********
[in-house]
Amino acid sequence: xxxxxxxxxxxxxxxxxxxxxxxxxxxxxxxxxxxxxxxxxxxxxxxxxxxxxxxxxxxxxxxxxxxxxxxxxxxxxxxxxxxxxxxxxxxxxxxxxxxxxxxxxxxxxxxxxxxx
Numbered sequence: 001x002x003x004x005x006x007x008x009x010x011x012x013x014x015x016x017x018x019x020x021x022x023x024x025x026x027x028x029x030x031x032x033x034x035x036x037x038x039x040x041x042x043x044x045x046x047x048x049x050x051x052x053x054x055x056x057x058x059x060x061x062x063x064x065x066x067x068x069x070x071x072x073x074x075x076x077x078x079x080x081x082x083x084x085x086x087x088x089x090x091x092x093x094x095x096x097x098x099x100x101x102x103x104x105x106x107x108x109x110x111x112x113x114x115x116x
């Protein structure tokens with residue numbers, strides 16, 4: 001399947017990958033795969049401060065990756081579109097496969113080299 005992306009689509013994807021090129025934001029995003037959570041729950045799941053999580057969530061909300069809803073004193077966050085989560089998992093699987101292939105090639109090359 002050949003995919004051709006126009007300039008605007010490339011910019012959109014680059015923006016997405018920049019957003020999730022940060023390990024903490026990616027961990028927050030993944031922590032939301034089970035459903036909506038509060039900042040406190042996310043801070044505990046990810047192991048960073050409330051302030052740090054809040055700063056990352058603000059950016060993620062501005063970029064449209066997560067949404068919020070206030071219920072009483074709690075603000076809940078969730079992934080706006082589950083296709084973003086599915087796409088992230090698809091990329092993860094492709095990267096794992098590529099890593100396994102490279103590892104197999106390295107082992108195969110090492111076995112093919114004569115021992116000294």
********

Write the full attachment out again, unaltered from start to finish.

[in-house]
Amino acid sequence: xxxxxxxxxxxxxxxxxxxxxxxxxxxxxxxxxxxxxxxxxxxxxxxxxxxxxxxxxxxxxxxxxxxxxxxxxxxxxxxxxxxxxxxxxxxxxxxxxxxxxxxxxxxxxxxxxxxx
Numbered sequence: 001x002x003x004x005x006x007x008x009x010x011x012x013x014x015x016x017x018x019x020x021x022x023x024x025x026x027x028x029x030x031x032x033x034x035x036x037x038x039x040x041x042x043x044x045x046x047x048x049x050x051x052x053x054x055x056x057x058x059x060x061x062x063x064x065x066x067x068x069x070x071x072x073x074x075x076x077x078x079x080x081x082x083x084x085x086x087x088x089x090x091x092x093x094x095x096x097x098x099x100x101x102x103x104x105x106x107x108x109x110x111x112x113x114x115x116x
């Protein structure tokens with residue numbers, strides 16, 4: 001399947017990958033795969049401060065990756081579109097496969113080299 005992306009689509013994807021090129025934001029995003037959570041729950045799941053999580057969530061909300069809803073004193077966050085989560089998992093699987101292939105090639109090359 002050949003995919004051709006126009007300039008605007010490339011910019012959109014680059015923006016997405018920049019957003020999730022940060023390990024903490026990616027961990028927050030993944031922590032939301034089970035459903036909506038509060039900042040406190042996310043801070044505990046990810047192991048960073050409330051302030052740090054809040055700063056990352058603000059950016060993620062501005063970029064449209066997560067949404068919020070206030071219920072009483074709690075603000076809940078969730079992934080706006082589950083296709084973003086599915087796409088992230090698809091990329092993860094492709095990267096794992098590529099890593100396994102490279103590892104197999106390295107082992108195969110090492111076995112093919114004569115021992116000294």